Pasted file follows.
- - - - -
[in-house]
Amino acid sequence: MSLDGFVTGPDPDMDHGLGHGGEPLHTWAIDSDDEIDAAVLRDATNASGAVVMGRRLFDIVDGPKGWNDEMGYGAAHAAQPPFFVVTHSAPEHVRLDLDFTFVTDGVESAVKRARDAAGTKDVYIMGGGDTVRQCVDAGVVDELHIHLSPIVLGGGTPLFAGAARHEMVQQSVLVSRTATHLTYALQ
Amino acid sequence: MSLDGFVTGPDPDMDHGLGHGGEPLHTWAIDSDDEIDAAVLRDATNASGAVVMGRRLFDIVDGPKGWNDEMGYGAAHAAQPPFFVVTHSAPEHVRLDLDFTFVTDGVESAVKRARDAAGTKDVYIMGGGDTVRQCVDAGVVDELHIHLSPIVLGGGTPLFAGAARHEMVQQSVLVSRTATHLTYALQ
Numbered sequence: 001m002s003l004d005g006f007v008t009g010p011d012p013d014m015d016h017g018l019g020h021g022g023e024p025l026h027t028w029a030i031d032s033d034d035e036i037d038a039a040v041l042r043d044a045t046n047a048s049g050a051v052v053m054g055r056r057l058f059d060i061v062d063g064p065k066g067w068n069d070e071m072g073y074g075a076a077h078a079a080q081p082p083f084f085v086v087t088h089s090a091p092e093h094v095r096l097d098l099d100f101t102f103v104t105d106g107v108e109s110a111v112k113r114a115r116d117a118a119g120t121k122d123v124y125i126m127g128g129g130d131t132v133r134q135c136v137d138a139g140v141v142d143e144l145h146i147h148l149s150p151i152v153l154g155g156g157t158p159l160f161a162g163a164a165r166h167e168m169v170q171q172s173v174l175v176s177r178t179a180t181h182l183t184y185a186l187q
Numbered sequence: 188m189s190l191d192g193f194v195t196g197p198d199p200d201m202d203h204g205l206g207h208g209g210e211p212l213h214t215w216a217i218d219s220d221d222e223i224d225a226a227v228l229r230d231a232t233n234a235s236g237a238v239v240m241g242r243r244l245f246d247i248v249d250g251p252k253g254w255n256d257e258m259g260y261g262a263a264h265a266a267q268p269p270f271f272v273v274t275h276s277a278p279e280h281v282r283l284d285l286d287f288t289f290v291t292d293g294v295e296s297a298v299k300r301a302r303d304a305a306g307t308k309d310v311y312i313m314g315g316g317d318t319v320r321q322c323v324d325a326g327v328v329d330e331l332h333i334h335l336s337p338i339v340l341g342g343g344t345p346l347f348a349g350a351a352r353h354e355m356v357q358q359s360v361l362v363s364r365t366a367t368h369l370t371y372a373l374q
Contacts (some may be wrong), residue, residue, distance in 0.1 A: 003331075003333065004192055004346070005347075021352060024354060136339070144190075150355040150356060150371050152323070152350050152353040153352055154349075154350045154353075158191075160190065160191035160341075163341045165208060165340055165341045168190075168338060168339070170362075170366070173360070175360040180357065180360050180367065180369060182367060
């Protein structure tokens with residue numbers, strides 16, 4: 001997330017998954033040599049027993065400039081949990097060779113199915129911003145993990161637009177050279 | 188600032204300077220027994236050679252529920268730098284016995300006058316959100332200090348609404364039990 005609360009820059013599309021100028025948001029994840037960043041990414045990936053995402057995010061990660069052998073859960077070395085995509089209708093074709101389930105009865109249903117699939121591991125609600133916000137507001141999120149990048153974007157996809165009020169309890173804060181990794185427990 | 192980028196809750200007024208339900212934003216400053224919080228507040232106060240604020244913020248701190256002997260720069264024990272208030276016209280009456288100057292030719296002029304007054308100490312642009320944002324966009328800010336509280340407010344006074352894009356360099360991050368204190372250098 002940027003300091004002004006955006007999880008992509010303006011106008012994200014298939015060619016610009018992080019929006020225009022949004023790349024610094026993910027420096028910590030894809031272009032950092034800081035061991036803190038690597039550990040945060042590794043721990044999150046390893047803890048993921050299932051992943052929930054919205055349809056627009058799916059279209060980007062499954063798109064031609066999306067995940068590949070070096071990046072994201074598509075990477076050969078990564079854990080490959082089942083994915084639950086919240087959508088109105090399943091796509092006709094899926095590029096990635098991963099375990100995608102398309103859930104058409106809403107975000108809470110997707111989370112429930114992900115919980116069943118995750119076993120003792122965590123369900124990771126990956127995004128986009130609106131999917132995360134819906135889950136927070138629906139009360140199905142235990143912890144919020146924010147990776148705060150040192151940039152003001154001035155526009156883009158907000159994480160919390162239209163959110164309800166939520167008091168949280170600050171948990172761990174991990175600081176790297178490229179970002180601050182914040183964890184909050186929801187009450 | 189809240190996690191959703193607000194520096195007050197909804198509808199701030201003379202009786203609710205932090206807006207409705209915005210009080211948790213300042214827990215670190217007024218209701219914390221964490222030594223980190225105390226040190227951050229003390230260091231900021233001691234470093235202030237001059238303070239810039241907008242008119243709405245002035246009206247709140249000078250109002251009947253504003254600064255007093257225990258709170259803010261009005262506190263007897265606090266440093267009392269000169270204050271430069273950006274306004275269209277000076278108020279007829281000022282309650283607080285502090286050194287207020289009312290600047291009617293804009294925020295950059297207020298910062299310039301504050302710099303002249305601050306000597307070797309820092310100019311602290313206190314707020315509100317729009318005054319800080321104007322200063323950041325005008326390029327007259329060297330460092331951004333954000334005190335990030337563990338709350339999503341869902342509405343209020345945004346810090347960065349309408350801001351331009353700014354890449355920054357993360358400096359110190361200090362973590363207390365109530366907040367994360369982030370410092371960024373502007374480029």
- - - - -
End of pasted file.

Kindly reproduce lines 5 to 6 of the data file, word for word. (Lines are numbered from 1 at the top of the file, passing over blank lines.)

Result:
Numbered sequence: 188m189s190l191d192g193f194v195t196g197p198d199p200d201m202d203h204g205l206g207h208g209g210e211p212l213h214t215w216a217i218d219s220d221d222e223i224d225a226a227v228l229r230d231a232t233n234a235s236g237a238v239v240m241g242r243r244l245f246d247i248v249d250g251p252k253g254w255n256d257e258m259g260y261g262a263a264h265a266a267q268p269p270f271f272v273v274t275h276s277a278p279e280h281v282r283l284d285l286d287f288t289f290v291t292d293g294v295e296s297a298v299k300r301a302r303d304a305a306g307t308k309d310v311y312i313m314g315g316g317d318t319v320r321q322c323v324d325a326g327v328v329d330e331l332h333i334h335l336s337p338i339v340l341g342g343g344t345p346l347f348a349g350a351a352r353h354e355m356v357q358q359s360v361l362v363s364r365t366a367t368h369l370t371y372a373l374q
Contacts (some may be wrong), residue, residue, distance in 0.1 A: 003331075003333065004192055004346070005347075021352060024354060136339070144190075150355040150356060150371050152323070152350050152353040153352055154349075154350045154353075158191075160190065160191035160341075163341045165208060165340055165341045168190075168338060168339070170362075170366070173360070175360040180357065180360050180367065180369060182367060